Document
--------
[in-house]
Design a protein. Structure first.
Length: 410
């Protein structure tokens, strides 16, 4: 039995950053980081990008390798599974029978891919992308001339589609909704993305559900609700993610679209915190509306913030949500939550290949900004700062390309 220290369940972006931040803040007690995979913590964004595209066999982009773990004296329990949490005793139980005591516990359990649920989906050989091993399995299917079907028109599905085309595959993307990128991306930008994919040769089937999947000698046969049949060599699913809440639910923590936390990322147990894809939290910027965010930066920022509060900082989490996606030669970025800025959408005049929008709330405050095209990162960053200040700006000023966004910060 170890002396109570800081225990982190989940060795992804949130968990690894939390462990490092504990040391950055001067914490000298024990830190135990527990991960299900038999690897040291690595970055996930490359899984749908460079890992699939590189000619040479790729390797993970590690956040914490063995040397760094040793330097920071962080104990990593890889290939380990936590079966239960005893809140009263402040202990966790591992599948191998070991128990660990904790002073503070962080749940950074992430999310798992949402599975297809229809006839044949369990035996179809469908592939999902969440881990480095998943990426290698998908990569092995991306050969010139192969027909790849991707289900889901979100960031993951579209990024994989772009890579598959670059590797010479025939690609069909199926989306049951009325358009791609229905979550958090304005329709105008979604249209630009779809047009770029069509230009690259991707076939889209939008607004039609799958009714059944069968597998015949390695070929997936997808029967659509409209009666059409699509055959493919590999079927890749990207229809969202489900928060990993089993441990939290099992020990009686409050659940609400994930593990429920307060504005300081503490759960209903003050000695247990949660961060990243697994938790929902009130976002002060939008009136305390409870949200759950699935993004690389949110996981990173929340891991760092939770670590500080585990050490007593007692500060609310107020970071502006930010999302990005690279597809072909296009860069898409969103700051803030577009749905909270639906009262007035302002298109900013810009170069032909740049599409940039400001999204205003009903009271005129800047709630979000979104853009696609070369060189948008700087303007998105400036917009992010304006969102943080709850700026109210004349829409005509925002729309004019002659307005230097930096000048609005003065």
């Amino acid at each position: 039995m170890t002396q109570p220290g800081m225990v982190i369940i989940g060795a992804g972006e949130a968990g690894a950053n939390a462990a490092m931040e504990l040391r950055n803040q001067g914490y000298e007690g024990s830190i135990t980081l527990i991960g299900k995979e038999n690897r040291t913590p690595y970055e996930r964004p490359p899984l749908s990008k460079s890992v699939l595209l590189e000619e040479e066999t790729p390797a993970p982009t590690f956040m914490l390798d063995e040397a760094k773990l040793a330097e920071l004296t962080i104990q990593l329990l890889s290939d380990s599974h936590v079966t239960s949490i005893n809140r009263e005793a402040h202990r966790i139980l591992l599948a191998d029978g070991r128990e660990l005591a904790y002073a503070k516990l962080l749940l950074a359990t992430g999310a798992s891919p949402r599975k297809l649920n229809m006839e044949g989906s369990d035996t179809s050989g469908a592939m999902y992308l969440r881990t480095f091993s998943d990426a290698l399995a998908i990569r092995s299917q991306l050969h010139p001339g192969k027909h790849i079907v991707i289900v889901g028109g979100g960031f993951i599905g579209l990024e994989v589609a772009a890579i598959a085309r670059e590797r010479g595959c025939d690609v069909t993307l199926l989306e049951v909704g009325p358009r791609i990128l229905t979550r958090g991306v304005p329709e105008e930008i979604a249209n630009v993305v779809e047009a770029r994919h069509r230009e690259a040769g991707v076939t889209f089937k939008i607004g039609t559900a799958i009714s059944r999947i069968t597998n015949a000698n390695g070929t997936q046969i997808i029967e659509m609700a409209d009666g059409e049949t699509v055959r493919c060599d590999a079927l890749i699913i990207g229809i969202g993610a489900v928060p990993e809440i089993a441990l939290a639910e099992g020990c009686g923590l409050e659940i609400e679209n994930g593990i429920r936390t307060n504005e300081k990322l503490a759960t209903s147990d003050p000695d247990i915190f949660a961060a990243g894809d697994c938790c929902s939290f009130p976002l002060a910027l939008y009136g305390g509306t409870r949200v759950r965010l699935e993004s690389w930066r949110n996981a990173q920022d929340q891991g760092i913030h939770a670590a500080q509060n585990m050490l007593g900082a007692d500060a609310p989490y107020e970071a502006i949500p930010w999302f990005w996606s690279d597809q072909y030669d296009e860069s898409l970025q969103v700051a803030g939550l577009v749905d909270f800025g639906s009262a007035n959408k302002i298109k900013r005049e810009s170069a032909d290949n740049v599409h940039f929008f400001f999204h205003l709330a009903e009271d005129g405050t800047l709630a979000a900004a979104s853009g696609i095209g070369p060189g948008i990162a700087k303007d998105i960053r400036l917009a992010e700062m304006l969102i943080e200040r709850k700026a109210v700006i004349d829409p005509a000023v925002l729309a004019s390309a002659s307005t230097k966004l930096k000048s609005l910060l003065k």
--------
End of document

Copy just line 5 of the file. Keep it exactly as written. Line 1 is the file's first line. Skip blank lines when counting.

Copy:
């Amino acid at each position: 039995m170890t002396q109570p220290g800081m225990v982190i369940i989940g060795a992804g972006e949130a968990g690894a950053n939390a462990a490092m931040e504990l040391r950055n803040q001067g914490y000298e007690g024990s830190i135990t980081l527990i991960g299900k995979e038999n690897r040291t913590p690595y970055e996930r964004p490359p899984l749908s990008k460079s890992v699939l595209l590189e000619e040479e066999t790729p390797a993970p982009t590690f956040m914490l390798d063995e040397a760094k773990l040793a330097e920071l004296t962080i104990q990593l329990l890889s290939d380990s599974h936590v079966t239960s949490i005893n809140r009263e005793a402040h202990r966790i139980l591992l599948a191998d029978g070991r128990e660990l005591a904790y002073a503070k516990l962080l749940l950074a359990t992430g999310a798992s891919p949402r599975k297809l649920n229809m006839e044949g989906s369990d035996t179809s050989g469908a592939m999902y992308l969440r881990t480095f091993s998943d990426a290698l399995a998908i990569r092995s299917q991306l050969h010139p001339g192969k027909h790849i079907v991707i289900v889901g028109g979100g960031f993951i599905g579209l990024e994989v589609a772009a890579i598959a085309r670059e590797r010479g595959c025939d690609v069909t993307l199926l989306e049951v909704g009325p358009r791609i990128l229905t979550r958090g991306v304005p329709e105008e930008i979604a249209n630009v993305v779809e047009a770029r994919h069509r230009e690259a040769g991707v076939t889209f089937k939008i607004g039609t559900a799958i009714s059944r999947i069968t597998n015949a000698n390695g070929t997936q046969i997808i029967e659509m609700a409209d009666g059409e049949t699509v055959r493919c060599d590999a079927l890749i699913i990207g229809i969202g993610a489900v928060p990993e809440i089993a441990l939290a639910e099992g020990c009686g923590l409050e659940i609400e679209n994930g593990i429920r936390t307060n504005e300081k990322l503490a759960t209903s147990d003050p000695d247990i915190f949660a961060a990243g894809d697994c938790c929902s939290f009130p976002l002060a910027l939008y009136g305390g509306t409870r949200v759950r965010l699935e993004s690389w930066r949110n996981a990173q920022d929340q891991g760092i913030h939770a670590a500080q509060n585990m050490l007593g900082a007692d500060a609310p989490y107020e970071a502006i949500p930010w999302f990005w996606s690279d597809q072909y030669d296009e860069s898409l970025q969103v700051a803030g939550l577009v749905d909270f800025g639906s009262a007035n959408k302002i298109k900013r005049e810009s170069a032909d290949n740049v599409h940039f929008f400001f999204h205003l709330a009903e009271d005129g405050t800047l709630a979000a900004a979104s853009g696609i095209g070369p060189g948008i990162a700087k303007d998105i960053r400036l917009a992010e700062m304006l969102i943080e200040r709850k700026a109210v700006i004349d829409p005509a000023v925002l729309a004019s390309a002659s307005t230097k966004l930096k000048s609005l910060l003065k």